An Introduction to Data Science via ScalaTion Part 2 — HelloWorld of Data Science

Source: https://blog.rntech.co.uk/

In Part 1 of this two-part series we introduced ScalaTion, a robust Scala-based modeling and analytics library written in such close alliance to the fundamentals of linear algebra, calculus, statistics, and machine learning that it has made an integral contribution to my development within the field of data science. We also downloaded all the required software and automated the build process for starting new projects. In Part 2, we execute our first ScalaTion script — HelloWorldOfDS.scala .


Runnin > Walking… Gimme the results!

If you have followed Part 1 of this tutorial, then your project folder should be set up and equipped with the necessary build.sbt and .jar files. Additionally, you should have a local clone of The Quarks’ GitHub repository, which contains the HelloWorldOfDS.scala file we will be running and exploring. You can transfer this file into your own project folder built in Part 1 or you can simply run the script from the local clone itself.

Either way, to run the script, enter Terminal or another bash shell and cd into the main project folder containing the build.sbt file and data, lib, project, src, and target folders. In the quarks GitHub repository, this folder is the one titled HelloWorldOfDS inside the scalation folder.

Once inside this folder, typing sbt run should open an sbt shell, compile, and execute the code within the project’s tree structure. If all goes smoothly, you will end up with an output something like this:

(1)

|====================|
|   CANCER  DATASET  |
|   10  FOLD  CV    |
|    NAIVE  BAYES    |
|====================|
>meanCV
accuracy     recall  precision    f-score
NaiveBayes 0.719285714 0.825150405 0.771436896 0.792888583
==========================================================
>stdCV
accuracy     recall  precision    f-score
NaiveBayes 0.132583597 0.134881091 0.134661226 0.118966704
==========================================================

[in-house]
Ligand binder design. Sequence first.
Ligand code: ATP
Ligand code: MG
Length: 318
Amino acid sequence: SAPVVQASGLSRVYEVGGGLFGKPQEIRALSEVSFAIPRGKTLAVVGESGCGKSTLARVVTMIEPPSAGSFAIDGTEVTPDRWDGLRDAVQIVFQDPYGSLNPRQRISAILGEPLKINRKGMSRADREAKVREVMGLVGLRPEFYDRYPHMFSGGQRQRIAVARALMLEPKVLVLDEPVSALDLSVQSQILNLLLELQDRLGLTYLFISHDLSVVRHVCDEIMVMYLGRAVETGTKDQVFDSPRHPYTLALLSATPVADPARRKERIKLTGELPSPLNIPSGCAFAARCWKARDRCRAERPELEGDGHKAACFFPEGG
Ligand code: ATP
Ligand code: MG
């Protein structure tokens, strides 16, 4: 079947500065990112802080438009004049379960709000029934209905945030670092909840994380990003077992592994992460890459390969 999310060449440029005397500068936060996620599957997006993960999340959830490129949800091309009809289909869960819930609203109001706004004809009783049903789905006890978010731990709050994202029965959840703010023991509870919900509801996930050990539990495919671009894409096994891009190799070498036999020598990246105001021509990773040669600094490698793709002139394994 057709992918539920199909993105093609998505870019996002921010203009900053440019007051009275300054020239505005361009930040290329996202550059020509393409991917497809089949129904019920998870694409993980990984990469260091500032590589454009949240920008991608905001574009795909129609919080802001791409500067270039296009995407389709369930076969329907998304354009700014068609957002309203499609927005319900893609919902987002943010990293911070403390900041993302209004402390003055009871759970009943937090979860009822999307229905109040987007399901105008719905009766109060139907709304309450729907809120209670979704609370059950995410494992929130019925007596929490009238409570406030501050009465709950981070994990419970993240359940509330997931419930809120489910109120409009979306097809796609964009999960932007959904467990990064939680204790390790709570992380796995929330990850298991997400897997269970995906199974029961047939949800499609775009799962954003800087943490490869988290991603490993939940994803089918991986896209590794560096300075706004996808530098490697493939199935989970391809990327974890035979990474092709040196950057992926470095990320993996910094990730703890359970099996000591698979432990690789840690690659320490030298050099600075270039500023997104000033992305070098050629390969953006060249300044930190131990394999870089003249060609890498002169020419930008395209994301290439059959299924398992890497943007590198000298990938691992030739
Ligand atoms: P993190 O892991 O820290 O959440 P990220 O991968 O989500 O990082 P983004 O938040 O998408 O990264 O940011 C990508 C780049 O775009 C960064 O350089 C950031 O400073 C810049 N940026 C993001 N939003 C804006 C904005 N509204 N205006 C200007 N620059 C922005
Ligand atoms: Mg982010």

… and if you scroll up a bit, a sequence of outputs resembling

(2)

backwardElim: cols_j = Set(0)
backward model: remove x_j = 11 with b = VectorD(5.87791)
fit = VectorD(3840.99, 3840.99, 0.784196, 0.885548, 0.670793, 3.78858e-15, 3.77476e-15, Infinity, -1188.69, -1182.19)

… and further up

(3)

|====================|
|  WineDrop DATASET  |
|    MULT LIN REG    |
|====================|

Coefficients:
| Estimate   |   StdErr   |  t value | Pr(>|t|)
x₀ | 140.098884 |  18.529223 |   7.5610 |   0.00000
x₁ |   0.060412 |   0.020444 |   2.9550 |   0.00313
x₂ |  -1.904478 |   0.112399 | -16.9440 |   0.00000
x₃ |   0.076795 |   0.007549 |  10.1731 |   0.00000
x₄ |  -0.276671 |   0.542720 |  -0.5098 |   0.61020
x₅ |   0.003777 |   0.000842 |   4.4848 |   0.00001
x₆ |  -0.000311 |   0.000377 |  -0.8235 |   0.41020
x₇ | -138.989068 |  18.906592 |  -7.3514 |   0.00000
x₈ |   0.660673 |   0.103723 |   6.3696 |   0.00000
x₉ |   0.617767 |   0.100076 |   6.1730 |   0.00000
x₁₀ |   0.009603 |   0.001095 |   8.7670 |   0.00000
SSE:             2751.6229
Residual stdErr: 0.7504 on 10 degrees of freedom
R-Squared:       0.2836, Adjusted rSquared:  0.2822
F-Statistic:     193.4762 on 10 and 4887 DF
AIC:             -2802.3636
BIC:             -2730.9012
--------------------------------------------------------------------------------
VIF:
VectorD(0.340531, 0.000321888, 0.939356, 1.39361e-05, 0.250047, 0.0932211, 3.71570e-07, 0.00305491, 0.000444961, 0.0593856)

Great, I’m a Data Scientist! But… uh… What have I done?

In short, you read in two different datasets, one from a CSV file and one from an ARFF file, containing real-valued data and categorical data respectively.

You performed multiple linear regression (MLR) on the real-valued data in its raw form (WineQual), after performing a simple transformation (Wine-tf), and again after removing an attribute (WineDrop) guided by forward selection, backward elimination, and VIF calculation (more on that in Part 3). Each regression fit returned the derived least squares coefficients and associated statistics as well as several quality of fit measures (See outputs (2) and (3) above).

You then applied the naive Bayes classifier to the categorical data, reporting the mean and standard deviation for accuracy, recall, precision, and F1 score from 10-fold cross validation (CV) (See output (1) above).

Note: The output above the naive Bayes CV results resembling repetitions of

vc = Array(6, 3, 11, 7, 3, 3, 2, 6, 2)
distinct value count vc = Array(6, 3, 11, 7, 3, 3, 2, 6, 2)

is built-in output from the ScalaTion NaiveBayes class. It shows the number of unique values for each attribute, and is returned at two points of execution during each CV fold.


Congratulations! You’ve officially run your first machine learning models using the ScalaTion library. If you’re a beginner like I was when I first used the library, just getting to this point can be daunting, so we’ll stop here for now. Stay tuned for Part 3, where we will take a deeper look into the code we’ve just run.